There are many nights in a young child's life when bedtime comes far too early. Sleep seems like a distant possibility, yet parents insist that the child remain in bed with the lights off. In this situation, many children have resorted to reading under their covers by flashlight. The meager beams of light ensure that parental attention won't be aroused while providing the children with a chance to catch up with their favorite fictional characters, from girl detectives to boy wizards and talking animals.
Unfortunately, children engaging in this activity have frequently been caught by their snooping parents. And not only is there a potential punishment in store for staying up past lights out, children are also issued the ominous warning that their dimly lit reading will ruin their eyes. This scenario may represent one of the few times in which children aren't praised for their diligent reading habits.
Yet if these children are avid readers who've consumed a few tales of pioneer life, they may wonder if this threat holds true. After all, generations of people had only candlelight to read by, and they turned out just fine. Are today's parents just overprotective of our eyesight?
As it turns out, they probably are, but they're not the only ones. In 2007, the idea that reading in dim light ruins eyesight was named one of the seven medical myths that doctors are most likely to believe [source: Parker-Pope]. The study, published in the British Medical Journal, revealed that reading in low light does not damage eyes, but rather causes eye strain. Eye strain is no walk in the park, though. Find out more about this phenomenon on the next page.
Eye Strain and Reading in Dim Light
When you walk into a room where light is low, your eye adjusts in several ways. First, the rod and cone cells on the retina begin to produce more light-sensitive chemicals. These chemicals detect light, convert it to an electrical signal and transmit that signal to the brain. Second, the iris muscles relax, which causes the opening of your eye, the pupil, to become very large. This allows your eye to collect as much light as possible. Finally, the nerve cells in the retina adapt so that they can work in low light. When you read, your eye must be able to focus an image of the words onto your retina. To do this, the iris, as well as the muscles that control the shape of your lens, must contract to keep the focused image on the retina.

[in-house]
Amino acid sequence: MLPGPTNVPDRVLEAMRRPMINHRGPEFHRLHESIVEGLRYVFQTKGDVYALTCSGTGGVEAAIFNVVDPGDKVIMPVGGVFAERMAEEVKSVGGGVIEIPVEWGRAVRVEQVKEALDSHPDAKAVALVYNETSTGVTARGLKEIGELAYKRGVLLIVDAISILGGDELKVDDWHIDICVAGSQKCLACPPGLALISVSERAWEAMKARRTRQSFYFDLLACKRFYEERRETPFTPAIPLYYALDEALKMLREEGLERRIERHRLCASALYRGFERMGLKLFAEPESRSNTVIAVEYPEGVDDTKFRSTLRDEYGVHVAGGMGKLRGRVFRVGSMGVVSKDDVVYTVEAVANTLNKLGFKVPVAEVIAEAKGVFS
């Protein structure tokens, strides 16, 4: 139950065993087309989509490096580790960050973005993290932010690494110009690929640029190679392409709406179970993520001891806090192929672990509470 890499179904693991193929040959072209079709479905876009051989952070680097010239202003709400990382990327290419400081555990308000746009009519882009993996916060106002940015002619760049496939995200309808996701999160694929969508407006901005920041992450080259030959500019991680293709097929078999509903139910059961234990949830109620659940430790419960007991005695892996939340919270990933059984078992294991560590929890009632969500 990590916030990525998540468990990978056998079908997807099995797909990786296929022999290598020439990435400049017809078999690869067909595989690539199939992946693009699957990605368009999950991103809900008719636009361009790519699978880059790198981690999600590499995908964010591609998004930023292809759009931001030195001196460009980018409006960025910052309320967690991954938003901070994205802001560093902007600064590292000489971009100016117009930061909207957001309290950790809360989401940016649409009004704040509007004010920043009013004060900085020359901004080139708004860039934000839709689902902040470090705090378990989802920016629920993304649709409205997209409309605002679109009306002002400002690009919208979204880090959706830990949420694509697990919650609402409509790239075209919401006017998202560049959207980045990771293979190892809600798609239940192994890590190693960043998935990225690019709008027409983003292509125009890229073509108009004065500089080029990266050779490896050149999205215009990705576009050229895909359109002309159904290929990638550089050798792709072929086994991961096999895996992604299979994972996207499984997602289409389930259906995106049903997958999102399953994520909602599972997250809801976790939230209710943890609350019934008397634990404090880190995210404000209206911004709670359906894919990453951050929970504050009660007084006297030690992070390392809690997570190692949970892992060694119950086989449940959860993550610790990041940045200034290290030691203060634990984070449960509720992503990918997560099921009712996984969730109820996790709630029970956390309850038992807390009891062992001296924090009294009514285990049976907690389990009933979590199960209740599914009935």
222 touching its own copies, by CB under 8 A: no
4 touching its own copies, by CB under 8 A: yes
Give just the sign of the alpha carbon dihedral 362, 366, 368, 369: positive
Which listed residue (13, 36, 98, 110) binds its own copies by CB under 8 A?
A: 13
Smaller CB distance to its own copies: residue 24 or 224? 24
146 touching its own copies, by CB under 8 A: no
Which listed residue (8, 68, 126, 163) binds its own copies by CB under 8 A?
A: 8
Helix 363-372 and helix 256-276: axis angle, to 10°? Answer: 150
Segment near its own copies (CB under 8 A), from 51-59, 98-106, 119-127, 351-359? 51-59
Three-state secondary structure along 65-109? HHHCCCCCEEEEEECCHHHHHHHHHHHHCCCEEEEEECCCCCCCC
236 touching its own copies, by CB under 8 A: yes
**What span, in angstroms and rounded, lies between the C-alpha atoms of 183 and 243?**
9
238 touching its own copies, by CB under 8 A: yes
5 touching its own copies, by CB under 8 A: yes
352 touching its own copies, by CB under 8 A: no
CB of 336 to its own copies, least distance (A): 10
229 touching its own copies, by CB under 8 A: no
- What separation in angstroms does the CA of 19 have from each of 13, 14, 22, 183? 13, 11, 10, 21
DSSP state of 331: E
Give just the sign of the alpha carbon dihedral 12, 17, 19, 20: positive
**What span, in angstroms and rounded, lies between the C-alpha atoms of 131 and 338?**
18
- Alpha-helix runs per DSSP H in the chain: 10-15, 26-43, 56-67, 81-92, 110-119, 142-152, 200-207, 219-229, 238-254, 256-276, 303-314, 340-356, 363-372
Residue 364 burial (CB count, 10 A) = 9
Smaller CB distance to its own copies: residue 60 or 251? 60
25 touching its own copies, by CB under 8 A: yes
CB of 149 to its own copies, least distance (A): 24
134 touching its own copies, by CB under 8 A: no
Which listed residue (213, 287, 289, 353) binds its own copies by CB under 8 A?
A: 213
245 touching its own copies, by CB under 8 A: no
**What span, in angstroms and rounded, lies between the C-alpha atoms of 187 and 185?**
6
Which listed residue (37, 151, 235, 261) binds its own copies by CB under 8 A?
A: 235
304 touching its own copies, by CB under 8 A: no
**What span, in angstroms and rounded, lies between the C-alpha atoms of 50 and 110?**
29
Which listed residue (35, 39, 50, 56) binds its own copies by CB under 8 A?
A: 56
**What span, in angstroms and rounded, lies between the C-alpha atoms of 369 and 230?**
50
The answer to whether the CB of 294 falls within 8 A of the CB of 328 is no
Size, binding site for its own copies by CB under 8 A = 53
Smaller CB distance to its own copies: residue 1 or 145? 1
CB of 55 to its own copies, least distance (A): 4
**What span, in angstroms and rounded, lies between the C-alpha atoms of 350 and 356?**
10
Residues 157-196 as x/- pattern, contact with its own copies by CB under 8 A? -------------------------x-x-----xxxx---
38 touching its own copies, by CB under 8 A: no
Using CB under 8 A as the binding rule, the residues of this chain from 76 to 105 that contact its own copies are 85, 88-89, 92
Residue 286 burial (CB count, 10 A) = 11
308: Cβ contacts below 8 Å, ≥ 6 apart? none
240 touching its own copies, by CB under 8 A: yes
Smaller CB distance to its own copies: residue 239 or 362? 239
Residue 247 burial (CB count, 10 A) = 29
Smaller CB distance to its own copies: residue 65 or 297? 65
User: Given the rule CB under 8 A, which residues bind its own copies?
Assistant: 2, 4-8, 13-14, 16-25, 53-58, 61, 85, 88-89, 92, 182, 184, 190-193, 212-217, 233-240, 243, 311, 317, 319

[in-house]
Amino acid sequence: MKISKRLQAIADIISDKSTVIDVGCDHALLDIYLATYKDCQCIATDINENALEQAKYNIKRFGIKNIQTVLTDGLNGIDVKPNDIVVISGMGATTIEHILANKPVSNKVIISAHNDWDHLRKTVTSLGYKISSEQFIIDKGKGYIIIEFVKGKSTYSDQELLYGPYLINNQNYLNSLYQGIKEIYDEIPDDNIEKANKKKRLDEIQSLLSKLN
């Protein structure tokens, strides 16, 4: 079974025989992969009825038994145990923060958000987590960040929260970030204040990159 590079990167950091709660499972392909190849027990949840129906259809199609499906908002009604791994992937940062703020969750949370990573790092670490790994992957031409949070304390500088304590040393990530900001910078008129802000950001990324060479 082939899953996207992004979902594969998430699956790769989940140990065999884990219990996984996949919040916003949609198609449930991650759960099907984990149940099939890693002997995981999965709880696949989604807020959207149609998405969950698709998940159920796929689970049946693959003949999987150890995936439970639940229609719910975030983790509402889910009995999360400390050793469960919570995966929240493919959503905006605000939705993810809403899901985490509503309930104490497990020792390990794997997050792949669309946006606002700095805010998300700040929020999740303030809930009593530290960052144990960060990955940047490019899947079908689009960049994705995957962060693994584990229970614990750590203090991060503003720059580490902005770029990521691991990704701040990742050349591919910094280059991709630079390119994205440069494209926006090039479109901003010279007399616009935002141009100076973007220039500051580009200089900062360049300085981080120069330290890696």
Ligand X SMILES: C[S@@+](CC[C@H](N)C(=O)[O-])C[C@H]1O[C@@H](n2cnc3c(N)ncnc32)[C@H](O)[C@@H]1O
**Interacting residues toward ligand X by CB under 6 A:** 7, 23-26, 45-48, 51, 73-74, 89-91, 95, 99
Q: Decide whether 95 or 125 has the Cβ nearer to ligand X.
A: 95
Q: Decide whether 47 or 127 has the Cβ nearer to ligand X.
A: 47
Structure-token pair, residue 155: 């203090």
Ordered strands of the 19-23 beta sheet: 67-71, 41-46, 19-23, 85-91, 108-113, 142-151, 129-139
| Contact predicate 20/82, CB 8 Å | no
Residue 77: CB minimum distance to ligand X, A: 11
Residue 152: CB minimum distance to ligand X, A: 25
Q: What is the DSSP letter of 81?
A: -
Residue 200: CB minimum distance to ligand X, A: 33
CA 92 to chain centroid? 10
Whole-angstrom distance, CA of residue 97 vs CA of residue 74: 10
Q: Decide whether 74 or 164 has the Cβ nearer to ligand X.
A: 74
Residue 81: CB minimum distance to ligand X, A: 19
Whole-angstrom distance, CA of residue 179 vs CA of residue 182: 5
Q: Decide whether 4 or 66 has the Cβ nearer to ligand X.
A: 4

If you read in low light, your visual muscles get mixed signals: Relax to collect the most light, but at the same time, contract to maintain the focused image. When that object is poorly lit, focusing becomes even more difficult because the contrast between the words and the page isn't as great, which decreases the eye's ability to distinguish visual detail. That ability is called visual acuity. Your eyes have to work harder to separate the words from the page, which strains your eye muscles.
When your eyes are working this hard for a long period of time, they become tired, much as any muscle would. The strain may result in a number of physical effects including sore or itching eyeballs, headaches, back and neck aches and blurred vision. Because you often don't blink enough when focusing on a single object, you may also experience uncomfortable dryness in your eyes. None of these symptoms damage your eyes, and they eventually go away. If the symptoms don't go away once you stop straining your eyes, however, then see an eye doctor. You may have an underlying eye problem like nearsightedness; the fact that the symptoms of eye strain overlap with those of nearsightedness is likely a reason why some continue to argue that reading in dim light causes permanent damage.
For now, it seems, the eyesight of children who read by flashlight is safe. Still, it's certainly easier on your eyes to read in good light that falls directly on the page without causing a glare. You can also avoid eye strain when you're reading by blinking frequently and taking a moment to focus on something out the window or across the room every 15 to 30 minutes.
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- Bianco, Carl. "How Vision Works." HowStuffWorks. April 1, 2000. (July 15, 2009)https://health.howstuffworks.com/eye.htm
- "Eyestrain." Mayo Clinic. July 12, 2008. (July 12, 2009)http://mayoclinic.com/health/eyestrain/DS01084
- "From Light to Vision: Anatomy of the Eye." Pendleton Eye Center. April 5, 2001. (July 15, 2009)http://www.pendletoneye.com/fromligh.htm
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- Parker-Pope, Tara. "Medical Myths Even Doctors Believe." New York Times. Dec. 26, 2007. (July 12, 2009)http://well.blogs.nytimes.com/2007/12/26/medical-myths-even-doctors-believe/?scp=2&sq=reading%20in%20dim%20light&st=cse
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